All living organisms are composed of one or more cells.
A cell is the structural and functional unit of life.
The metabolic reactions in a living organism - can occur only in a delicately balanced environment. Through their unique chemical composition, cells provide a specific environment that is necessary for life activities. Cells form the basic unit of life.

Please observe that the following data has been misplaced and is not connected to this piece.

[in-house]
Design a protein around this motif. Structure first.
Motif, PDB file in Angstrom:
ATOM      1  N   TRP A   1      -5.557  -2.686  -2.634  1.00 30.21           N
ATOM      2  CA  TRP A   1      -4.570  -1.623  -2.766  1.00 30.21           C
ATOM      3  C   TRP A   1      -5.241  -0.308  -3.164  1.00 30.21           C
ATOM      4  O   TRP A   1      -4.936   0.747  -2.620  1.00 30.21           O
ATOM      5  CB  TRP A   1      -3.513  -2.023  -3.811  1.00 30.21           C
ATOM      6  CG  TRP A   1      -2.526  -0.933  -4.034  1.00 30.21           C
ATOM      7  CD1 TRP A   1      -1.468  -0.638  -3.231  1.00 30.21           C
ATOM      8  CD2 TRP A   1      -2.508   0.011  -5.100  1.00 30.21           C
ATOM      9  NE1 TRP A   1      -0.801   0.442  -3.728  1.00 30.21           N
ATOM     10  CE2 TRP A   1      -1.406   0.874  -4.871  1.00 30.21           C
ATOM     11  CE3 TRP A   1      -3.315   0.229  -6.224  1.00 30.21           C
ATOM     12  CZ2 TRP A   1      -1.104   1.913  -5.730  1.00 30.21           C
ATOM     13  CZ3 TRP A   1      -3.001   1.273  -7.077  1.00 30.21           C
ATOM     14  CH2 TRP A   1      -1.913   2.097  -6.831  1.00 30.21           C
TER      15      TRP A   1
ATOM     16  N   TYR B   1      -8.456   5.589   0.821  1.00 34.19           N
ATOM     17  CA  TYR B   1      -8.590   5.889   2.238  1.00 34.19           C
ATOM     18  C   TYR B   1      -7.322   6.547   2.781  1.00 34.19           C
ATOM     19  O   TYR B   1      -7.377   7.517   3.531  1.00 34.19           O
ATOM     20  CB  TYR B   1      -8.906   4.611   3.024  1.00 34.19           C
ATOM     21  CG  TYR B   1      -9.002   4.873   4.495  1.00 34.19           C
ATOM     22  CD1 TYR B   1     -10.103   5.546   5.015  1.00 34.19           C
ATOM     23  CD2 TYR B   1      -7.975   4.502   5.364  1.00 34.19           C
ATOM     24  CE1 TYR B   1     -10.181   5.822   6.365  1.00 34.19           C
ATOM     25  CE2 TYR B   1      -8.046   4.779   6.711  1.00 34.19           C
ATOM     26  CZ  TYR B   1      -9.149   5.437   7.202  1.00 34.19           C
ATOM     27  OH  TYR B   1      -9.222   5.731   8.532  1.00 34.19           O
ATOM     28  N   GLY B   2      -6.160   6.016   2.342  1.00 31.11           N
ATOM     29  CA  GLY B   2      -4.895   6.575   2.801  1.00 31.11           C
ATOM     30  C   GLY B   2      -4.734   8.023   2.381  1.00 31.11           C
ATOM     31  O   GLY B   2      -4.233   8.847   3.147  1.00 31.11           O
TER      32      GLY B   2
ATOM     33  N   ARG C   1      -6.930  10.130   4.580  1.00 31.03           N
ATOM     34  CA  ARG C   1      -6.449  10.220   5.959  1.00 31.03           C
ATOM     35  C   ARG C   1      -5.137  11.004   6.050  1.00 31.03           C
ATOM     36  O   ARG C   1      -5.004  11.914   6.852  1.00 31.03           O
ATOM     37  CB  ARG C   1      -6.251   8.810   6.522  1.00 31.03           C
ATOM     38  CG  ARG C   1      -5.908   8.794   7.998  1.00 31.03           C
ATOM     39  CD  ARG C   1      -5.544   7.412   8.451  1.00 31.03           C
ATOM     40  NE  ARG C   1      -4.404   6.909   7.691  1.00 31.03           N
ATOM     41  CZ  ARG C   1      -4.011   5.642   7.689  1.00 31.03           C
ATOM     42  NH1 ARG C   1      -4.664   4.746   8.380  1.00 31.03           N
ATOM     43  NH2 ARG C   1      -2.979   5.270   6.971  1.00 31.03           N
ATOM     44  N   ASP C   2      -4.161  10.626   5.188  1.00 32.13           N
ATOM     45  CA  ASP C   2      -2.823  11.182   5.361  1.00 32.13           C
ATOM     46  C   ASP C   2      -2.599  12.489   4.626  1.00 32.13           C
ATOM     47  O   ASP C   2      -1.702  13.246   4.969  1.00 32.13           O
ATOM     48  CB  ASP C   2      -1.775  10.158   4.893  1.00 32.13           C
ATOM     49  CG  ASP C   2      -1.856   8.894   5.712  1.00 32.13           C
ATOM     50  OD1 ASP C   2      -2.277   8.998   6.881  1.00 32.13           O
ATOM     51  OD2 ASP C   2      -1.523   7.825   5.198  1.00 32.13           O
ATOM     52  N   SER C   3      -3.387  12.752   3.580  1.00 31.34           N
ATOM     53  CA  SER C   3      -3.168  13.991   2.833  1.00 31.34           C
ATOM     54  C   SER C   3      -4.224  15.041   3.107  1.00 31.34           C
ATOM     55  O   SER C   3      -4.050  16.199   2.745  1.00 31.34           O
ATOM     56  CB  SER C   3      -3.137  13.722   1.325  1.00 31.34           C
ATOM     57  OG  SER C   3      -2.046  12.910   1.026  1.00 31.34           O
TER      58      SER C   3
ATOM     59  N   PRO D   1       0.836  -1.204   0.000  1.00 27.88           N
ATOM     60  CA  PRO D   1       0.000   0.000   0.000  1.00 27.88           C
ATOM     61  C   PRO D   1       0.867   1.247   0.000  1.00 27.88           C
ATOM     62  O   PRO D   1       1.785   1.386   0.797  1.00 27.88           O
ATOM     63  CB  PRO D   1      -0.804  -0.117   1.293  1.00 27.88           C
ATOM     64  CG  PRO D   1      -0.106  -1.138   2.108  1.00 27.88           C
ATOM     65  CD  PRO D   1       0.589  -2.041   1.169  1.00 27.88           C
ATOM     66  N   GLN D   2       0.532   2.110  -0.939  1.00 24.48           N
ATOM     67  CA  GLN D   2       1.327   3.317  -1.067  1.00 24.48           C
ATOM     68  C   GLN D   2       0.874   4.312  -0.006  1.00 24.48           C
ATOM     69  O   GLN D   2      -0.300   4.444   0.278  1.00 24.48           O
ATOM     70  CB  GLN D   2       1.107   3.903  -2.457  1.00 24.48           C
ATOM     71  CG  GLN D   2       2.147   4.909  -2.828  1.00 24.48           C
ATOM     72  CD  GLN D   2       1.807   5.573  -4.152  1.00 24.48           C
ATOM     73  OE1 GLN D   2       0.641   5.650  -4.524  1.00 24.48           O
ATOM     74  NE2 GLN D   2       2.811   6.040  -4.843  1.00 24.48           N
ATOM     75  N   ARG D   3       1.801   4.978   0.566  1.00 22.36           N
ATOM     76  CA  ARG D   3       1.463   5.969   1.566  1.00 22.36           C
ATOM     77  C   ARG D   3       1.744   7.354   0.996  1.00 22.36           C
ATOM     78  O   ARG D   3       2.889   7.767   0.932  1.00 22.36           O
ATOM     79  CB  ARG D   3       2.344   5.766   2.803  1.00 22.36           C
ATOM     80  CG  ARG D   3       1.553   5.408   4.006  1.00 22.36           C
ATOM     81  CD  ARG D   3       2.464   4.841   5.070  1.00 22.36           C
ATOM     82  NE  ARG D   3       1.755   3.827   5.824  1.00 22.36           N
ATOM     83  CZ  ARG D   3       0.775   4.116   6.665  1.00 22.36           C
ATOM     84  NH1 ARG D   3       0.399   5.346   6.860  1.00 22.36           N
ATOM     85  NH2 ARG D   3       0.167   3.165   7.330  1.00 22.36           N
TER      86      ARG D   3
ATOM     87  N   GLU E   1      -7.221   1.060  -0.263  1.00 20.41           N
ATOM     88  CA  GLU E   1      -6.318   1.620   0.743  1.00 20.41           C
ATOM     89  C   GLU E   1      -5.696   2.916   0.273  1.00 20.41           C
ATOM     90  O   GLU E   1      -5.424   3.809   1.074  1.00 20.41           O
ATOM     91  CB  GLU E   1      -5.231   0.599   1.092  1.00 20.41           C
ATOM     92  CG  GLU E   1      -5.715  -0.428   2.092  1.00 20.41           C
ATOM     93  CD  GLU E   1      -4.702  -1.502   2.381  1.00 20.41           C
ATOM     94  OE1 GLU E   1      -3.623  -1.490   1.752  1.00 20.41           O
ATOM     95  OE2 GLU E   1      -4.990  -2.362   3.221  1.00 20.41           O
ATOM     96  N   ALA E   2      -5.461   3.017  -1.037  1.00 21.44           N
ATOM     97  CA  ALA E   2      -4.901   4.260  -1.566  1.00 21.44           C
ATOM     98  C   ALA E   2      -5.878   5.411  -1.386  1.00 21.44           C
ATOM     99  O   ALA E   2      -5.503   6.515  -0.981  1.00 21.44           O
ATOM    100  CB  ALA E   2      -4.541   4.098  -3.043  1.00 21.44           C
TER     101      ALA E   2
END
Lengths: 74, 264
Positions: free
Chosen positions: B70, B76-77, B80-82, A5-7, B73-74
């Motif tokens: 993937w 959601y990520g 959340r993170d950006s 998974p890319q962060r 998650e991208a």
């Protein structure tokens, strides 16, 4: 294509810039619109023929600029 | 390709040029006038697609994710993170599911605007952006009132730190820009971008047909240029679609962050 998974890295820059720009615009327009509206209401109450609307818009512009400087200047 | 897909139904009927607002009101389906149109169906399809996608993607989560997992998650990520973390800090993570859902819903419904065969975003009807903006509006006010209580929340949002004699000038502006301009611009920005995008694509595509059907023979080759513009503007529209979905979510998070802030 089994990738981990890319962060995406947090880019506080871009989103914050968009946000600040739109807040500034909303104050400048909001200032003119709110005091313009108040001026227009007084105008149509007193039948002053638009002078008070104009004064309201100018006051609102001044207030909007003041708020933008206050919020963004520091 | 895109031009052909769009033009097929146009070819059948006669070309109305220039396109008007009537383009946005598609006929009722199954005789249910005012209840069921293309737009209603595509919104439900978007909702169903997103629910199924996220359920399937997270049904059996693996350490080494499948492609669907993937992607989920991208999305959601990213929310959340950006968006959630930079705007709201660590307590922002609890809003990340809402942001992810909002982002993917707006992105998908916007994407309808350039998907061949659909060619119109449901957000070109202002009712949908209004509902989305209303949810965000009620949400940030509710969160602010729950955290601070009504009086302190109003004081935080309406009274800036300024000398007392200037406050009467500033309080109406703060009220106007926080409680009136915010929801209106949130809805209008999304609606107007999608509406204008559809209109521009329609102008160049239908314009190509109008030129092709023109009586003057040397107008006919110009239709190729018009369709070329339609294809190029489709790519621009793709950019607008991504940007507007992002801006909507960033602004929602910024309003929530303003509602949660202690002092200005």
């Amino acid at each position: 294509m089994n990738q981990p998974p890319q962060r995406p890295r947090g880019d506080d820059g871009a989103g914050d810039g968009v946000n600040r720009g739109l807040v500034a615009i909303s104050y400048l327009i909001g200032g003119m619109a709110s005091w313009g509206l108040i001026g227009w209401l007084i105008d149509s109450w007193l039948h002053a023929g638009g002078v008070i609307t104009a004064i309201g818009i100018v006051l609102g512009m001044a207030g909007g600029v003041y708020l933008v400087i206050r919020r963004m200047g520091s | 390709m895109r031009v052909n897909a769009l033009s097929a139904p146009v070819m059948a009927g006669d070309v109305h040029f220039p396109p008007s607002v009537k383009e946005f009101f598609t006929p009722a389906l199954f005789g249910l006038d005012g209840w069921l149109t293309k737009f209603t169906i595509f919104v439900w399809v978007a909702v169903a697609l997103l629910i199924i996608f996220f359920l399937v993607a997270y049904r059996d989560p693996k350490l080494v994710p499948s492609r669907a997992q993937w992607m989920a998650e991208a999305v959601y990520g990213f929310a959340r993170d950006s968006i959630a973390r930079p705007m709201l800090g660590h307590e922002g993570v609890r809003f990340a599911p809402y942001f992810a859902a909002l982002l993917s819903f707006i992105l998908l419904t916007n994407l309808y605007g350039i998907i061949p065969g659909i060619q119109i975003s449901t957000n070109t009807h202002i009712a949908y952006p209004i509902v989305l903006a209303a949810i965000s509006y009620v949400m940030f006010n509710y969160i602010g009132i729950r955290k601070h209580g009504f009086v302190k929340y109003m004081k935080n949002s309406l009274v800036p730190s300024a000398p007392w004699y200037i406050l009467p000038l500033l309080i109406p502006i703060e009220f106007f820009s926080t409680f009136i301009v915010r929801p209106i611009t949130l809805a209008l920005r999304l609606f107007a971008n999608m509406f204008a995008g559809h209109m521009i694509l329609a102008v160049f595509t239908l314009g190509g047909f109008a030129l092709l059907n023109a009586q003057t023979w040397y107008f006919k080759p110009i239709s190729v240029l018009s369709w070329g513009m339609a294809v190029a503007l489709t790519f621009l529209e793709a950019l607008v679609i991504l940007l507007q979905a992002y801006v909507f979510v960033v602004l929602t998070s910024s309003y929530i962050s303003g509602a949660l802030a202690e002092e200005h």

Discovery of the cells dates back to 1665, when Robert Hooke observed the thin section of cork and noticed the presence of minute, identical chambers. The improvement in the field of microscopy provided more and more information on the organisation and functioning of cells. Schleiden and Schwann, two German scientists, proposed the cell theory in 1839, which underlined the importance of cells in controlling the life activities. The modified form of cell theory is known as cell principle. It is applicable to almost all living organisms and it incorporates nearly all the modern findings about cells. In unicellular organisms, the single cell that comprises the body leads a totally autonomous existance. The various cell organelles perform the vital body functions. In multicellular organisms, each individual cell is autonomous with respect to functions like respiration, cell division, growth etc. However, the activities of different types of cells are integrated for the existence and survival of the organism. Multicellularity in organisms permits division of labour through specialization and increases the functional efficiency. A multicellular organism shows normally three categories of cells - Undifferentiated cells which are in a state of division and yet to undergo specialization, differentiated cells which have become specialized for specific functions and dedifferentiated or transformed cells which have lost their specialization to become embryonic cells. The capacity of any differentiated cell with an active nucleus, to give rise to an entire organism, is called totipotency. Totipotency is well...
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